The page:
GOV 385R • Applied Game Theory
12:30 PM-3:30 PM
Course Overview: This course reviews concepts from the introduction to game theory course, but focuses primarily on recent and contemporary applications of game theory in the fields of American politics, Comparative politics, and International Relations. The course will cover topics including, but not limited to, repeated games, bargaining games, games of incomplete and asymmetric information (signaling, cheap talk), and games with continuous choice and diverse information structures. These modeling approaches have been applied to understand such diverse topics as bargaining in legislatures, the development of committees and rules in legislatures, candidate entry in races, judicial activism, the evolution of democracy and party competition, ethnic violence, interstate crisis bargaining, the functions of international organizations, and the nature of bargaining during wars. Readings will consist of articles supplemented with the textbook. Problem sets will be particularly important, and working together on problem sets is highly encouraged. The only way to learn game theory is by doing and through trial and error. There will be two exams worth 25% each, problem sets will be worth 40%, and quality of classroom preparation and participation will be worth 10%.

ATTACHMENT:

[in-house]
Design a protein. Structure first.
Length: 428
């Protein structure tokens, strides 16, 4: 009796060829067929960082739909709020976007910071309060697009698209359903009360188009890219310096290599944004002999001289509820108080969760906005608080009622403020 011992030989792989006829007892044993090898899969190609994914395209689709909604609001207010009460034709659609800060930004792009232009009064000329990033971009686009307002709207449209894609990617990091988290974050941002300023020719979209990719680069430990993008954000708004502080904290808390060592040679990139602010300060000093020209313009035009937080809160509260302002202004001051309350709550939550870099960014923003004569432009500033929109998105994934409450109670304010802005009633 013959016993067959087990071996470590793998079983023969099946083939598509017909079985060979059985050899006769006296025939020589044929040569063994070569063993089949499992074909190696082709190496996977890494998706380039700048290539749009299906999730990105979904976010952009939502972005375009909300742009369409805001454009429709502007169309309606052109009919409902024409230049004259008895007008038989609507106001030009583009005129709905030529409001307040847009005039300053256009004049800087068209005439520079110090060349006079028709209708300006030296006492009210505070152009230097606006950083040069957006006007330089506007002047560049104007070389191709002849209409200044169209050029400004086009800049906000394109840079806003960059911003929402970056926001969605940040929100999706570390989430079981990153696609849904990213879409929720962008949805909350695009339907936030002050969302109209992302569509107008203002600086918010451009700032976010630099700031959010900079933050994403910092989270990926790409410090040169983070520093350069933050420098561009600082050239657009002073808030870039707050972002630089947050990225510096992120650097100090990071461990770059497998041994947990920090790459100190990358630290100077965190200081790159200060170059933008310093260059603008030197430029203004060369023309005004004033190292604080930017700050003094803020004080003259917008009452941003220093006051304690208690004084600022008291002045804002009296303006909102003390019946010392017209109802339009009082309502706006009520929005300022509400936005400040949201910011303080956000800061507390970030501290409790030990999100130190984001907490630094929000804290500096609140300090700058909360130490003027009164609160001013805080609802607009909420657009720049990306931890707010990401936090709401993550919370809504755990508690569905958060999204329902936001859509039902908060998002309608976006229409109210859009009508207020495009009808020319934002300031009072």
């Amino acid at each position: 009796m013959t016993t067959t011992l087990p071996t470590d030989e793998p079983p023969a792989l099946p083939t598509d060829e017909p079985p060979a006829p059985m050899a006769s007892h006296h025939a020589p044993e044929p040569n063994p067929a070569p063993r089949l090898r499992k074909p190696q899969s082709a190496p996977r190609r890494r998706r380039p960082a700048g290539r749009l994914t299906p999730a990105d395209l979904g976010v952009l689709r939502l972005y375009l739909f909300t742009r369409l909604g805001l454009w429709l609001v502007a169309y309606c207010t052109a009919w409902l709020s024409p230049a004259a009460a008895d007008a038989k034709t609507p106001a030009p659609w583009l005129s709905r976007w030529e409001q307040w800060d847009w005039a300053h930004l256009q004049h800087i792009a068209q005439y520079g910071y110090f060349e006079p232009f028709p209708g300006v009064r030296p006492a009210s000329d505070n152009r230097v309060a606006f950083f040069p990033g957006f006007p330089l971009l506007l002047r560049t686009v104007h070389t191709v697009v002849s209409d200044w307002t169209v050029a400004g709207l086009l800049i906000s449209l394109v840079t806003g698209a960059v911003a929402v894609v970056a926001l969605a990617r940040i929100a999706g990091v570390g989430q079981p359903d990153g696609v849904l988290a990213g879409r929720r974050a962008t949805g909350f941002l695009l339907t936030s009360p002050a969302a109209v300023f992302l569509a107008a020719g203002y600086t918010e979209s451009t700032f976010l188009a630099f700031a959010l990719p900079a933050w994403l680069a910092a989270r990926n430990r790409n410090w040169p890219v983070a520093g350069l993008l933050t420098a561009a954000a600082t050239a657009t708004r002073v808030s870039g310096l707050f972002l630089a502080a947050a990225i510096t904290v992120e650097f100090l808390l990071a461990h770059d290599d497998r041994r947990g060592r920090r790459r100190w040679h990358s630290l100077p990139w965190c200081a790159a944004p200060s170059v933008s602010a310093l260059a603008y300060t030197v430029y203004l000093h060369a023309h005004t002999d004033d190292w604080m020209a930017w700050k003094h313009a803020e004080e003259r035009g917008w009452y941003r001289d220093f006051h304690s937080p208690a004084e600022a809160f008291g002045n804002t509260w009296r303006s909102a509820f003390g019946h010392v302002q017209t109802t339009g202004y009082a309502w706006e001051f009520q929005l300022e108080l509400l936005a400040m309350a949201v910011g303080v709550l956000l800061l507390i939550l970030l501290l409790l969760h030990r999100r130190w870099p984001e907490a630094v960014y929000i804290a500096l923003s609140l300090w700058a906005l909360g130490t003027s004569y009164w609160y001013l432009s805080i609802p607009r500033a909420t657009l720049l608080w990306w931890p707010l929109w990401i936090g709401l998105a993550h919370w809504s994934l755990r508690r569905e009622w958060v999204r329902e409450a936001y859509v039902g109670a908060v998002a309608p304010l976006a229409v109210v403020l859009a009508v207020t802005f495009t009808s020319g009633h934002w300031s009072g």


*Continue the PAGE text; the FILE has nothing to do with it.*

Nolan McCarty and Adam Meirowitz. 2007. Political Game Theory: An Introduction. Cambridge University Press. Jeff Gill. 2005. Essential Mathematics for Political and Social Research. Cambridge University Press.